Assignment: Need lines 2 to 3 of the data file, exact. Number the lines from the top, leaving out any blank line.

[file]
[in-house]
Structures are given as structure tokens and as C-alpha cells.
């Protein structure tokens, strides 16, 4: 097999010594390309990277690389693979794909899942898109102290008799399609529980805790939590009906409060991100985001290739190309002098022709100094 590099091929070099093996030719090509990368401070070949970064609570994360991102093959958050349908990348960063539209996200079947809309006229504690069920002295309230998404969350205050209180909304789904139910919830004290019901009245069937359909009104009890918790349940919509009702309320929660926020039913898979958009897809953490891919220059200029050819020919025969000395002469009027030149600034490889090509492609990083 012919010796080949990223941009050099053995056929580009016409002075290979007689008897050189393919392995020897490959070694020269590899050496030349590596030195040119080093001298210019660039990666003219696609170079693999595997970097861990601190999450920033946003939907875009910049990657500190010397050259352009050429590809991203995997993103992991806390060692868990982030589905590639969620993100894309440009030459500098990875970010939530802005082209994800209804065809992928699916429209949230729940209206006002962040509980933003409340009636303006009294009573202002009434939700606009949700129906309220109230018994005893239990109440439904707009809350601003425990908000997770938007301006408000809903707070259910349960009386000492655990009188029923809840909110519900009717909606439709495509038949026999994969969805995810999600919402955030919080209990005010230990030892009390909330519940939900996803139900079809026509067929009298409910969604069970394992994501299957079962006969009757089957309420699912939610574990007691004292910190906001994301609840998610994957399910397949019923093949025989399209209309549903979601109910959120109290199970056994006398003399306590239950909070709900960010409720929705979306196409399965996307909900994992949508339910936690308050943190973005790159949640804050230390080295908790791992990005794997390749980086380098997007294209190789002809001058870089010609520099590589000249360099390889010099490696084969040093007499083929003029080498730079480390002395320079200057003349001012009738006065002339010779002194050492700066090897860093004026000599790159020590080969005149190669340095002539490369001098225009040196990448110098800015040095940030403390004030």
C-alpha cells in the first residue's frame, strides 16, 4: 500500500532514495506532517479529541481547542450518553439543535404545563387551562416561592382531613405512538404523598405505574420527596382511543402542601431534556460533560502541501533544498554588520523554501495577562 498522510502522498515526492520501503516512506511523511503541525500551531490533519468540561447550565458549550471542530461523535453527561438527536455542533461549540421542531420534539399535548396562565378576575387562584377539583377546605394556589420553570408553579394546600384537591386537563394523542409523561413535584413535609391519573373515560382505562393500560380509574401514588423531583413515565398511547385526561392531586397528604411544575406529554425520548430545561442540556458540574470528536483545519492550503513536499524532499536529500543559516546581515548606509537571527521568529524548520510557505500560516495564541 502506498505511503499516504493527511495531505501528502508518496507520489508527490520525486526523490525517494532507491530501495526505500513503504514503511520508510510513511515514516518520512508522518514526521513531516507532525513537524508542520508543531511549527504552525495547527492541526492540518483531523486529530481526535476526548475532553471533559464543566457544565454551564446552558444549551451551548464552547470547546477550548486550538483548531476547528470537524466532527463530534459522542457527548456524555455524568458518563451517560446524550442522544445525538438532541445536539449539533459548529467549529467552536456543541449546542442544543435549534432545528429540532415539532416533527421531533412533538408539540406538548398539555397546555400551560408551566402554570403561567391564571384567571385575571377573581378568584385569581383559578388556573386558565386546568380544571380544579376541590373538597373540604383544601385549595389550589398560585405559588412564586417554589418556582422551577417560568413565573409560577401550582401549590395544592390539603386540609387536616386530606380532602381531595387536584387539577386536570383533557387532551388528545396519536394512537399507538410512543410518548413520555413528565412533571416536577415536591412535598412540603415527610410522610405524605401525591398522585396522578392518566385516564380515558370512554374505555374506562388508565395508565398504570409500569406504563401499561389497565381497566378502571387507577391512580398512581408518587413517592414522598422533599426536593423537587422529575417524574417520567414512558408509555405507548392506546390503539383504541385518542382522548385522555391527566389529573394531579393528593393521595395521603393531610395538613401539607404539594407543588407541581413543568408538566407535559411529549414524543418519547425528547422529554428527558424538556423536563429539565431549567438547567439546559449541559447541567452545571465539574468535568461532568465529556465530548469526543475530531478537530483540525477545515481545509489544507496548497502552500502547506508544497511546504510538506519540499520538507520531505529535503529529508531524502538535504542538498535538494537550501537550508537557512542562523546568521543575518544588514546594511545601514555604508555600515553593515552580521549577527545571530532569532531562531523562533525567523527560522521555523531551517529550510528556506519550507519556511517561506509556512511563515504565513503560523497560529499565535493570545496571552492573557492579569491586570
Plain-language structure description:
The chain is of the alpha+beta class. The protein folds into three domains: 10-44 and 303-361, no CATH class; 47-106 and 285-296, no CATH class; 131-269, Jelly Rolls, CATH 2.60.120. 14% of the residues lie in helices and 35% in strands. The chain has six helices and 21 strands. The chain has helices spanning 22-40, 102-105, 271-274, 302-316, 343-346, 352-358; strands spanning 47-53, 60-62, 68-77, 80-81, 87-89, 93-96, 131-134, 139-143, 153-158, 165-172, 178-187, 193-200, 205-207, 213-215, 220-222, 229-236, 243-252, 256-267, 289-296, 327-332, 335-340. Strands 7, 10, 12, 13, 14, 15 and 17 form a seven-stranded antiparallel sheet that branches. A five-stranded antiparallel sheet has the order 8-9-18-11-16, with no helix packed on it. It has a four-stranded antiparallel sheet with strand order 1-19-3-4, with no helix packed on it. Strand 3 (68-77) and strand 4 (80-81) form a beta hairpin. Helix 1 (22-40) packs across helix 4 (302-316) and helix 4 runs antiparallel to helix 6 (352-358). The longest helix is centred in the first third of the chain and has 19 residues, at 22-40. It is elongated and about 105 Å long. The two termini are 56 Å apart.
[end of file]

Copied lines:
Structures are given as structure tokens and as C-alpha cells.
């Protein structure tokens, strides 16, 4: 097999010594390309990277690389693979794909899942898109102290008799399609529980805790939590009906409060991100985001290739190309002098022709100094 590099091929070099093996030719090509990368401070070949970064609570994360991102093959958050349908990348960063539209996200079947809309006229504690069920002295309230998404969350205050209180909304789904139910919830004290019901009245069937359909009104009890918790349940919509009702309320929660926020039913898979958009897809953490891919220059200029050819020919025969000395002469009027030149600034490889090509492609990083 012919010796080949990223941009050099053995056929580009016409002075290979007689008897050189393919392995020897490959070694020269590899050496030349590596030195040119080093001298210019660039990666003219696609170079693999595997970097861990601190999450920033946003939907875009910049990657500190010397050259352009050429590809991203995997993103992991806390060692868990982030589905590639969620993100894309440009030459500098990875970010939530802005082209994800209804065809992928699916429209949230729940209206006002962040509980933003409340009636303006009294009573202002009434939700606009949700129906309220109230018994005893239990109440439904707009809350601003425990908000997770938007301006408000809903707070259910349960009386000492655990009188029923809840909110519900009717909606439709495509038949026999994969969805995810999600919402955030919080209990005010230990030892009390909330519940939900996803139900079809026509067929009298409910969604069970394992994501299957079962006969009757089957309420699912939610574990007691004292910190906001994301609840998610994957399910397949019923093949025989399209209309549903979601109910959120109290199970056994006398003399306590239950909070709900960010409720929705979306196409399965996307909900994992949508339910936690308050943190973005790159949640804050230390080295908790791992990005794997390749980086380098997007294209190789002809001058870089010609520099590589000249360099390889010099490696084969040093007499083929003029080498730079480390002395320079200057003349001012009738006065002339010779002194050492700066090897860093004026000599790159020590080969005149190669340095002539490369001098225009040196990448110098800015040095940030403390004030």